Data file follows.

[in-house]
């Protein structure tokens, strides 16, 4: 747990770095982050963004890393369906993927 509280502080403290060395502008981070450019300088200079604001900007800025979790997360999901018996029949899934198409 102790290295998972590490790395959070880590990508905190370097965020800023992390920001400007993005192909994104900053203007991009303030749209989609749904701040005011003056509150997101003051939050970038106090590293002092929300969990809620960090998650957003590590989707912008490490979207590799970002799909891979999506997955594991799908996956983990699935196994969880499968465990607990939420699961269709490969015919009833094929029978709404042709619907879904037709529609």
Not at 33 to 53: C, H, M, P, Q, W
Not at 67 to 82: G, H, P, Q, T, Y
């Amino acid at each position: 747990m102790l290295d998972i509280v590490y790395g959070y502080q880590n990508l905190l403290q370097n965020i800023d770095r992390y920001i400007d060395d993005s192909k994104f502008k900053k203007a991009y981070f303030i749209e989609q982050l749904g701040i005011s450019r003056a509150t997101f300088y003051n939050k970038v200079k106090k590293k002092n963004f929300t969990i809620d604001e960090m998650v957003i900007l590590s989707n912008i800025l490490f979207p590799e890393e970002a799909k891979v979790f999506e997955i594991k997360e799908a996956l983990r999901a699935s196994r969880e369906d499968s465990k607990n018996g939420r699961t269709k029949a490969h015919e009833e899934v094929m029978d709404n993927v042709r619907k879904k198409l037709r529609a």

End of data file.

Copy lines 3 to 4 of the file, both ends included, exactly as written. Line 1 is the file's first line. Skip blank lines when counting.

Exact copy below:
Not at 33 to 53: C, H, M, P, Q, W
Not at 67 to 82: G, H, P, Q, T, Y